Blogs

Your Winter Vegetables: Brought to You by California's Very Last Drops of Water

| Wed May 6, 2015 6:00 AM EDT

California's drought-plagued Central Valley hogs the headlines, but two-thirds of your winter vegetables come from a different part of the state. Occupying a land mass a mere eighth the size of metro Los Angeles, the Imperial Valley churns out about two-thirds of the vegetables eaten by Americans during the winter. Major crops include broccoli, cabbage, carrots, cauliflower, and, most famously, lettuce and salad mix.

Two-thirds of winter broccoli, cabbage, carrots, cauliflower, lettuce, and salad mix come from the desperately dry Imperial Valley.

And those aren't even the region's biggest moneymakers. Nestled in the state's southeastern corner, the Imperial Valley also produces massive amounts of alfalfa, a cattle feed, and its teeming feedlots finish some 350,000 beef cows per year.

In terms of native aquatic resources, the Imperial makes the Central Valley look like Waterworld. At least the Central Valley is bound by mountain ranges to the east that, in good years (not the last several), deliver abundant snowmelt for irrigation. The Imperial sits in the middle of the blazing-hot Sonoran Dessert, with no water-trapping mountains anywhere nearby. It receives a whopping 3 inches of precipitation per year on average; even the more arid half of the Central Valley gets 15 inches.

The sole source of water in the Imperial Valley is the Colorado River, which originates hundreds of miles northeast, in the snowy peaks of the Rocky Mountains. As it winds down from its source in the snow-capped peaks of northern Colorado down to Mexico, it delivers a total of 16.5 million acre-feet of water to the farmers and 40 million consumers in seven US states and northern Mexico who rely on it. (An acre-foot is the amount it takes to flood an acre of land with 12 inches of water—about 326,000 gallons.)

Of that total, the Imperial Valley's farms gets 3.1 million acre-feet annually—more than half of California's total allotment and more than any other state draws from the river besides Colorado. It's an amount of water equivalent to more than four times what Los Angeles uses in a year, according to figures from the Pacific Institute.

 

The Colorado Rivers waters are so in demand that they rarely reach their endpoint in Mexico's Sea of Cortez. Map: Shannon/Wikimedia Commons

 

Because it owns senior water rights based on a 1931 pact, the Imperial gets its allotments during low-flow years even when other regions see reductions. Currently, the Rocky Mountain snowpack that feeds the Colorado stands at about 44 percent of its average for this time of year, triggering fears of an impending shortfall—but not for the Imperial. "Nevada, southern Arizona and Mexico will be cut back before the Imperial district loses a drop," The Los Angeles Times recently reported. Whereas Central Valley farmers, reliant on vanishing snowmelt from the Sierras, have seen their irrigation allotments curtailed the last two years, growers in the Imperial Valley haven't lost any water (though the Imperial Valley District did agree to sell as much as 0.2 million acre-feet of water by 2021, of its 3.1 million acre-foot allotment, to fast-growing San Diego in a 2003 deal).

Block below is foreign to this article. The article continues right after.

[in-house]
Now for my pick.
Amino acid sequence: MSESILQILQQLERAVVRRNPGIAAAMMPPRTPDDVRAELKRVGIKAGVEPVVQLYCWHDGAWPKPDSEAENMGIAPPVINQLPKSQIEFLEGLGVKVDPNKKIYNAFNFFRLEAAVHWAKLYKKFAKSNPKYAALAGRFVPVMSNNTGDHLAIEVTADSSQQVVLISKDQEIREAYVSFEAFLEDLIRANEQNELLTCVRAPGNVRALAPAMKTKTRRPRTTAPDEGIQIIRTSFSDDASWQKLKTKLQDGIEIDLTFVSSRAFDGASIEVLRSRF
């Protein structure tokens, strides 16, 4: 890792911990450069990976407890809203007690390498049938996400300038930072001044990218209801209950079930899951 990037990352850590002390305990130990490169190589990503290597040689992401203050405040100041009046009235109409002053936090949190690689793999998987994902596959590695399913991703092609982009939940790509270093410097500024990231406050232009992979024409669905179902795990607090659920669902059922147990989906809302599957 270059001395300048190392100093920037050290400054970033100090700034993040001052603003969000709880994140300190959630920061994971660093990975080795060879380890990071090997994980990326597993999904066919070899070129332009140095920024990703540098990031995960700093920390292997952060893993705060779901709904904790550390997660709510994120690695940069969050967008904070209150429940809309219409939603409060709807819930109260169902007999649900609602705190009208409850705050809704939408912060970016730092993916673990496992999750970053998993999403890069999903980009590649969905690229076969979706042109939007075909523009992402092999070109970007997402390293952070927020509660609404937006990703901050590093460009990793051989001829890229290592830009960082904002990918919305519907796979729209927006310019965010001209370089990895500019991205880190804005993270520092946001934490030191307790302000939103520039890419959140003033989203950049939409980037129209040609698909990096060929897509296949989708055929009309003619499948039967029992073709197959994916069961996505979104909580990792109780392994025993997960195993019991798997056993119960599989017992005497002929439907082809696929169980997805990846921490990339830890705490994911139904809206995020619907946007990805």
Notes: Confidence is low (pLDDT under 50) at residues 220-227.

The Imperial gets its allotments during low-flow years even when other regions see reductions.

Already, decades of intensive desert farming have had severe ecological effects, epitomized by that beleaguered inland body of water known as the Salton Sea, which sits uneasily at the Imperial's northern edge. Before the big irrigation projects that made the valley bloom, what's now the Salton periodically captured flood waters from the then-mighty Colorado River. Now it's fed solely from Imperial Valley farm runoff, and as Dana Goodyear shows in a superb recent New Yorker piece, it's slowly decaying into a toxic mess—one that could "emit as much as a hundred tons of fine, caustic dust a day, leading to respiratory illness in the healthy and representing an acute hazard for people with compromised immune systems."

Meanwhile, the Colorado's flow has proven inadequate to supply the broader region's needs. In a paper last year (my account of it here), University of California-Irvine and NASA researchers found that farmers, landowners, and municipalities are supplementing their river allocations by drawing water from underground aquifers at a much faster rate than had been known. Between December 2004 and November 2013, the Colorado Basin lost almost 53 million acre-feet of underground water, an enormous fossil resource siphoned away in less than a decade.

A desert in bloom: the Imperial Valley as seen from space, from a photo taken by NASA astronauts in 2002. Photo: NASA

Consider also that the Southwest's population is on pace to expand by a third by 2030—and that the river's annual average flow is expected to decrease by anywhere from 5 percent to 18 percent by 2050, compared to 20th century averages, according to the National Climate Assessment, throttled by rising temperatures and declining precipitation.

Thus the Imperial's titanic water allotment is looking increasingly vulnerable to challenge. Just as we probably need to get used to sourcing more of our summer fruits and vegetables from places beyond California's Central and Salinas valleys, the Colorado River situation makes me wonder if we shouldn't rethink those bountiful supermarket produce aisles in February, as well.